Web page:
NSTDA launches innovative antifouling film “FleXARs”. by Thai researchers Environmentally friendly marine protection

The problem of hulls sticking to the surface of ocean ships oil rig pole and subsea engineering structures made of carbon steel. It is considered a global problem causing damage worth up to 4.5 trillion baht a year. Operators incur huge costs on protection and maintenance. Furthermore, the protection processes currently used are highly toxic to the environment and dangerous to aquatic life.

National Electronics and Computer Technology Center (NETEC)
National Science and Technology Development Agency (NSTDA) debut “FleXARs” (Flexas) an innovative film to prevent the adhesion of living things on the surface. environmentally friendly For use in surface protection of marine vessels. oil rig pole and buildings in the sea


Dr. Nithi Atti, Research Team Leader, Surface Microfluidic Materials and Devices Innovation (SMD-1), Microelectronics Technology Center (TMEC), NECTEC, NSTDA. tells about the origin of technology development that is Currently around the world, especially in the marine industry. having to face a big problem of the adhesion of ship’s shells on ships, machinery and construction such as carbon steel Because the ship’s shells released to adhere to the surface of the material will form ants or small holes (Pinholes), causing high corrosion. In addition, the presence of a large amount of ship shells leads to an increased pressure of ocean ships water resistance Causes fuel to be used to drive more than usual Higher carbon dioxide emissions which is a major cause that also leads to global warming


These issues are well known to operators in the marine industry. However, there is no current technology that can completely solve those problems. both in terms of environmental friendliness protection efficiency and tangible price
Dr. Nithi said that in order to solve such problems the research team collaborated with the Industrial Technology Research Institute (ITRI), Republic of China (Taiwan), and the Fraunhofer Institute, Federal Republic of Germany. In research and development of innovative FleXARs films with extraordinary hydrophobic and non-stick properties. (Superamphiphobic surface) to solve the problem of adhesion of organisms on upstream material surfaces. By making the mucus released by microscopic organisms unable to stick to the surface of the material.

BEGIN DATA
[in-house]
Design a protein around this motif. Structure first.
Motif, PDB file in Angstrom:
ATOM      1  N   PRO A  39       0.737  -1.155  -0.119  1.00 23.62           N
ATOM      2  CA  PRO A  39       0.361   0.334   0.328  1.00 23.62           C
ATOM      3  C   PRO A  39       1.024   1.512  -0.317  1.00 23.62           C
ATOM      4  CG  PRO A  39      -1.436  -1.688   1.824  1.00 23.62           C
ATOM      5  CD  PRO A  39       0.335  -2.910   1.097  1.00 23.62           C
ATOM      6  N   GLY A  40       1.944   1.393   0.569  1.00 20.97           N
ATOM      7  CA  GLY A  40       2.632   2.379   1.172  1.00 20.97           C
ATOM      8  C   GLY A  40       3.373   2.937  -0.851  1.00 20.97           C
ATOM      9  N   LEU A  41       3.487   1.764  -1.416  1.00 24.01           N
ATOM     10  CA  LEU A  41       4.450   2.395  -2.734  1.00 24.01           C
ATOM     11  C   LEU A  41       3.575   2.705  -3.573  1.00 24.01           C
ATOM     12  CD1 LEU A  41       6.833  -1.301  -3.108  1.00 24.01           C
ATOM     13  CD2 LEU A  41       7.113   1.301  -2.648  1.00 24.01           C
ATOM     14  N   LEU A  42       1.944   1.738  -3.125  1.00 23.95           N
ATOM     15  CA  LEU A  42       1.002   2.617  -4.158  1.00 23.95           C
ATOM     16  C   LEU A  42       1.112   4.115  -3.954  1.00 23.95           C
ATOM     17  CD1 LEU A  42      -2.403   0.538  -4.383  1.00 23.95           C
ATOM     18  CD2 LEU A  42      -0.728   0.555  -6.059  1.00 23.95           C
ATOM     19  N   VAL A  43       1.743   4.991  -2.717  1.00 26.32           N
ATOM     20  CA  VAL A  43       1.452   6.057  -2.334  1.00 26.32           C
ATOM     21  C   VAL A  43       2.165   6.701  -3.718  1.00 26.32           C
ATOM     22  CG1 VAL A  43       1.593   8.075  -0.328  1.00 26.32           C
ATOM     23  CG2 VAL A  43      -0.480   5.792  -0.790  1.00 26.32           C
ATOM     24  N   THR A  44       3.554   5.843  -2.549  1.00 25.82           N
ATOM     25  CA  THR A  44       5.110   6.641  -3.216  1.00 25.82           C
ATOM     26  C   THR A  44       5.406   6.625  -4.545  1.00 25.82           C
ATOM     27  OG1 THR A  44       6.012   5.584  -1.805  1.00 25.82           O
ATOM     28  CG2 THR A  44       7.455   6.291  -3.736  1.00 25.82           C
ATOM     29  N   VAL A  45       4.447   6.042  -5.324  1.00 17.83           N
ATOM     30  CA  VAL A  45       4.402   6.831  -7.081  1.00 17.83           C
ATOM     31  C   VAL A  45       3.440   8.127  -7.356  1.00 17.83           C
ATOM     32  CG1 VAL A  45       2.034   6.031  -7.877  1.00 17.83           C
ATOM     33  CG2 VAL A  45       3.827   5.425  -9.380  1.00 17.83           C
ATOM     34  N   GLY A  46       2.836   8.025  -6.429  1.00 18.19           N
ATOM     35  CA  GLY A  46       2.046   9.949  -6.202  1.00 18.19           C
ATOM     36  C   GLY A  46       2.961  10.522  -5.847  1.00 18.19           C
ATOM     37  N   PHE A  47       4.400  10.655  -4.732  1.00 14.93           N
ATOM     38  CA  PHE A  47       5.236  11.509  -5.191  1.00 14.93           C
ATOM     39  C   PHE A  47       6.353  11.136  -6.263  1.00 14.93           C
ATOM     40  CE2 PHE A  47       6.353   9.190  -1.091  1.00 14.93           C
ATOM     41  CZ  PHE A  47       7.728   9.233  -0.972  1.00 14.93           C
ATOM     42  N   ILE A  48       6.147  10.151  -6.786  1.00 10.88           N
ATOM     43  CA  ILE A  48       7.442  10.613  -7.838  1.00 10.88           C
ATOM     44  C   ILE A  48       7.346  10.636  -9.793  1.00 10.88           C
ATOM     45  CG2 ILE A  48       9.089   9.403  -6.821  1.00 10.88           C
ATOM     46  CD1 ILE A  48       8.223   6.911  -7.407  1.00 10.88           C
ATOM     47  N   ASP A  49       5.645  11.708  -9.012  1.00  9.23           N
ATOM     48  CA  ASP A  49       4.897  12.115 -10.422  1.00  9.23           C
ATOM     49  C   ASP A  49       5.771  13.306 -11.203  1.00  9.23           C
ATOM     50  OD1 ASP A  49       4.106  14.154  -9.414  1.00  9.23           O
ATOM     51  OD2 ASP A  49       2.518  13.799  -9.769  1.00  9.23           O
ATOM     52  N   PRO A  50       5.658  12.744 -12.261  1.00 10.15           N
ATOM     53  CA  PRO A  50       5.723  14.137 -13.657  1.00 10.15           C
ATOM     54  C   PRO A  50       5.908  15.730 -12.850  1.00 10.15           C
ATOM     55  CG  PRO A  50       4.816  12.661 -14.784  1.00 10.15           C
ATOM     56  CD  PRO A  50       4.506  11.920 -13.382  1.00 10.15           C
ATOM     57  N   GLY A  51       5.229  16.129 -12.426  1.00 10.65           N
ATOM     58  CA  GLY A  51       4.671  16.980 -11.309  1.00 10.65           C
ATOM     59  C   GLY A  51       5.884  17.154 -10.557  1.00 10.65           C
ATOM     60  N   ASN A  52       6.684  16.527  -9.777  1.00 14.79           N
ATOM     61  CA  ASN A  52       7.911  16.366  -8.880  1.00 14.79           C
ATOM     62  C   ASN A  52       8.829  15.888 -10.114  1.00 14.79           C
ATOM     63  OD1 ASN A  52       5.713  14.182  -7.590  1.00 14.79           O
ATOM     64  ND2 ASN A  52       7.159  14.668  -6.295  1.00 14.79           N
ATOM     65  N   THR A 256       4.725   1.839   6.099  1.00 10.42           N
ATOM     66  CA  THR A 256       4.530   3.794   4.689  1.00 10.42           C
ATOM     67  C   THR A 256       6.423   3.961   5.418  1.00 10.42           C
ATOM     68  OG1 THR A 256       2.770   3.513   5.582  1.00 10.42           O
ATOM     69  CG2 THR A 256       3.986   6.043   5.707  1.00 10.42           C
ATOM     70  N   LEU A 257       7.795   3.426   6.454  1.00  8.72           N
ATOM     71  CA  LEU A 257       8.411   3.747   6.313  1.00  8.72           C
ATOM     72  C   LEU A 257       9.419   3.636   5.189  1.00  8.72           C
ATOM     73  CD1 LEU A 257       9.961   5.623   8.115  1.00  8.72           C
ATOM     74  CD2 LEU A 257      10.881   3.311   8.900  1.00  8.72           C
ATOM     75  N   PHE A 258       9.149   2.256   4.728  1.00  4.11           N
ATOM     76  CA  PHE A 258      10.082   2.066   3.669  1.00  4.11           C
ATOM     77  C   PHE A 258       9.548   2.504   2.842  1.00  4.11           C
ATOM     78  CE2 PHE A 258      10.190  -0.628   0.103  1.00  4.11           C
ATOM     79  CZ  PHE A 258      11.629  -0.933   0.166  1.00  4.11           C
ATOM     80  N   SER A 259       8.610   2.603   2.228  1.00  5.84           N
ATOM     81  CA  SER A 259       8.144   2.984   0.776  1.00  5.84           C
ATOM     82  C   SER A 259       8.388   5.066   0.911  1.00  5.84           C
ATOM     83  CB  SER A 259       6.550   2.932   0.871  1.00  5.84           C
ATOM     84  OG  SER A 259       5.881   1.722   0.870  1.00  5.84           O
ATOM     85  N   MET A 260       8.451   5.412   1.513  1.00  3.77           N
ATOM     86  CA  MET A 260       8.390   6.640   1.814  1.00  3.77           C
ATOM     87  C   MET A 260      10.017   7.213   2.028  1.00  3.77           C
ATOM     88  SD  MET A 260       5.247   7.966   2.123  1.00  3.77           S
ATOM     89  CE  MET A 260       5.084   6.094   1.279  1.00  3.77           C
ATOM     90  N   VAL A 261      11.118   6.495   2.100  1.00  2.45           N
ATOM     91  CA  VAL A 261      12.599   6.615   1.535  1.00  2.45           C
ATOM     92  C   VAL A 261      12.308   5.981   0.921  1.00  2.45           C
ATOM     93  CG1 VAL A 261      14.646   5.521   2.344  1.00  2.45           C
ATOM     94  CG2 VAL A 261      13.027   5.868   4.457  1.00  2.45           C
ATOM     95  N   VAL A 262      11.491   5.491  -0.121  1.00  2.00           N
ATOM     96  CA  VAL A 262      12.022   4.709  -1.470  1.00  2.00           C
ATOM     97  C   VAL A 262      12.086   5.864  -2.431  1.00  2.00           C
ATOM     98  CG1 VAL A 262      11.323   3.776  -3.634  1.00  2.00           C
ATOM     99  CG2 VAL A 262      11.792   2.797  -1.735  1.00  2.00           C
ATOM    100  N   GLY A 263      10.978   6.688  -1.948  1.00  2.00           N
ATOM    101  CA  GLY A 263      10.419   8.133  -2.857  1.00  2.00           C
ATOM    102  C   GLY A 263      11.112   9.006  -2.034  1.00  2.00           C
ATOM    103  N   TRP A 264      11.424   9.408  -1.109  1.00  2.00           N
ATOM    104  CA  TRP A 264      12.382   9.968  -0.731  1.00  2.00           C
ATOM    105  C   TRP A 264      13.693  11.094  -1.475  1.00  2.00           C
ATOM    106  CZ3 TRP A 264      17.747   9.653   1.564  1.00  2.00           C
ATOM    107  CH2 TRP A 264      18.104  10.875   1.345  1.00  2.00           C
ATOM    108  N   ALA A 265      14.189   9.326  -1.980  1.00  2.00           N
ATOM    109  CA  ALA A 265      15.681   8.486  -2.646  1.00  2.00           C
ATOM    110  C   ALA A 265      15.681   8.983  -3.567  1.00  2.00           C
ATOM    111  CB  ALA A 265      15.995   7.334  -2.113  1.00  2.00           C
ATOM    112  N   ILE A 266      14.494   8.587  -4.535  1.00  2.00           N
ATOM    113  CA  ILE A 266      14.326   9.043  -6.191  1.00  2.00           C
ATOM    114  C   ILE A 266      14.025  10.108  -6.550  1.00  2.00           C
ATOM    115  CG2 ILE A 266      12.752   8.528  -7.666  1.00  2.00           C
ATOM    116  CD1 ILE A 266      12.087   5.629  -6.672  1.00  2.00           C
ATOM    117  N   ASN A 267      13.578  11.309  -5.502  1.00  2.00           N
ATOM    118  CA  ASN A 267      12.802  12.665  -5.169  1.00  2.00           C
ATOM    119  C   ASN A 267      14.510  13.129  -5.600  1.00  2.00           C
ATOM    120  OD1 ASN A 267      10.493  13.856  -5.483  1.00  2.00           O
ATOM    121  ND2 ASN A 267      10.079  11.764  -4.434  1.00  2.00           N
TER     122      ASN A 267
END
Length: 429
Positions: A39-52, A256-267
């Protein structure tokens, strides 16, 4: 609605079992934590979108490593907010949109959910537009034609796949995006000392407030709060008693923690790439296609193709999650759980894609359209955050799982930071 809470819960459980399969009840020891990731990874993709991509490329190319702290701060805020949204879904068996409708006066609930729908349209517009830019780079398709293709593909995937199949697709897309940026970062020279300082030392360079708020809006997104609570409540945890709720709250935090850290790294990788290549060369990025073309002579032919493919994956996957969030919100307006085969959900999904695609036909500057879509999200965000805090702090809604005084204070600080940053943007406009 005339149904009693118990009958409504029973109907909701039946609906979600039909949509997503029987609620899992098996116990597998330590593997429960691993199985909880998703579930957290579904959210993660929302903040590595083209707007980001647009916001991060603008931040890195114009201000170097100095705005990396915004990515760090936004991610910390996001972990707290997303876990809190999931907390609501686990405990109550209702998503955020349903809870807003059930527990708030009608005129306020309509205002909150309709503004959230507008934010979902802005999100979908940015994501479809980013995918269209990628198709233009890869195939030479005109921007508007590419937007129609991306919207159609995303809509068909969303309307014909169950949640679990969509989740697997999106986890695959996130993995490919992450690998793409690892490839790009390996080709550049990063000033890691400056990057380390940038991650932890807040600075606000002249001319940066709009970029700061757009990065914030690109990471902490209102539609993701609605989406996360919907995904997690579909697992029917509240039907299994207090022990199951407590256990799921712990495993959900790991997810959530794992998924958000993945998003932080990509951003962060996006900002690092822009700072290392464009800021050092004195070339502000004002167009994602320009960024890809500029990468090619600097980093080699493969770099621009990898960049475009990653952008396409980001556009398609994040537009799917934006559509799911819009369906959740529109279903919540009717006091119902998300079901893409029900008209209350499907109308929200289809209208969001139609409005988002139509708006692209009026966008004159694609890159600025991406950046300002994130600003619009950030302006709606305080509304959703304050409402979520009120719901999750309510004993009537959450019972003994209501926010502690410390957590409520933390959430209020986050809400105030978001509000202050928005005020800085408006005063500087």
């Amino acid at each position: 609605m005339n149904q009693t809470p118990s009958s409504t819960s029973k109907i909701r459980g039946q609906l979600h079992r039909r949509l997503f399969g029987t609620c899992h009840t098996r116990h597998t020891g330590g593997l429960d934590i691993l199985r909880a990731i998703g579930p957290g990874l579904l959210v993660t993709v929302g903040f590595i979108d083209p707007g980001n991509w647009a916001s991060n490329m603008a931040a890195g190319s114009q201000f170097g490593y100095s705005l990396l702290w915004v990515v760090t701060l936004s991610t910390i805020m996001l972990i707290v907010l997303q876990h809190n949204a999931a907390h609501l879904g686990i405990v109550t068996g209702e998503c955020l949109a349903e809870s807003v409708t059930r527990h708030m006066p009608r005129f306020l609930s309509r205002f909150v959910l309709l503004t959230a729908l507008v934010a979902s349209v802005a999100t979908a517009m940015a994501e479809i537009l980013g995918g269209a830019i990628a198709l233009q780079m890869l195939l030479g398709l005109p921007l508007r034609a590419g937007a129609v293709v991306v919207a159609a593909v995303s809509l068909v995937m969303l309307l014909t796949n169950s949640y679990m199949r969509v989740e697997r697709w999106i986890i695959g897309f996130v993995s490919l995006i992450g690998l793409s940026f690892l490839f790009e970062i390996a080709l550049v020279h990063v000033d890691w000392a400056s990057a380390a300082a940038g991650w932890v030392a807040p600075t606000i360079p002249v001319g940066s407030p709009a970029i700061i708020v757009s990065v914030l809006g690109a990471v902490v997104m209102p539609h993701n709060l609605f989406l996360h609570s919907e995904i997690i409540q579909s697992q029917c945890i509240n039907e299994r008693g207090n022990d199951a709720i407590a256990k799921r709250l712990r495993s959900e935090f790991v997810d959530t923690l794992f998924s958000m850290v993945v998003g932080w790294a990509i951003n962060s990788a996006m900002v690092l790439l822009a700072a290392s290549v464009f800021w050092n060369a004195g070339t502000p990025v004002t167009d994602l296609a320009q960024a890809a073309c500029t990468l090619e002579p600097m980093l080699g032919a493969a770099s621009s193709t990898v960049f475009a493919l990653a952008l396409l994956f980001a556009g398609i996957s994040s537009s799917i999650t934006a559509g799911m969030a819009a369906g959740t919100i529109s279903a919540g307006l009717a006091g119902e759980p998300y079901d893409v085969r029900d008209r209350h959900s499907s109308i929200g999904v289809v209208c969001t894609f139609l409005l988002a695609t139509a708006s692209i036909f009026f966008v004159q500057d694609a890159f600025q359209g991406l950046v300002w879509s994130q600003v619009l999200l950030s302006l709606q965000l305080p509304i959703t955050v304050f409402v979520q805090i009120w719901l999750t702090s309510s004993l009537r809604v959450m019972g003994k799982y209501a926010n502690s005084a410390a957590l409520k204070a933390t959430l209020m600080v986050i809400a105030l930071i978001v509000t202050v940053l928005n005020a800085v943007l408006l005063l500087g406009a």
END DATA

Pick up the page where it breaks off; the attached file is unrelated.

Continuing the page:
This new technology could be used to replace antifouling paints that endanger the life of small aquatic animals. And it’s safer than sending divers down to spray high-pressure water to remove the shells from the surface. Nor does it interfere with mammalian communication like ultrasound is used to repel barnacle larvae from surfaces.


Dr Nithi explains that the research team, when developing FleXARs film, focused on 3 main areas to make the material very durable. it can be used in a variety of environments And is suitable for production for industrial use The first part of the development is the design of a robust 500 micrometer microstructure that is strong, contact resistant and able to withstand external forces. By printing such patterns on low surface energy materials, such as polydimethylsiloxane (PDMS), the surface of FleXARs films has excellent hydrophobic and oil repellency properties. The second development is the production of FleXARs films as large as 30 cm wide and 300 m long per roll. The film is thin, clear and flexible for convenience on large substrates. and the third is to develop a self-adhesive film backing layer for easy attachment of FleXARs to substrates. Reduce installation complexity and time.


Dr. Nithi explains that pathogenic micro-organisms such as bacteria, viruses and fungi need a sticky layer or biofilm to stick to the surface just like marine ship shells which release slime to stick to materials. Therefore, eliminating those factors in the first place will help reduce the build-up of bacteria as well. Tests have shown that FleXARs surface has a 25% reduction in bacterial accumulation and biofilm formation over Teflon, which is commonly used for medical surface coatings. This makes the film suitable for use with medical equipment Use in a hospital this includes locations with high levels of exposure, such as public transport. shopping centres, airports, especially during outbreaks of pathogens

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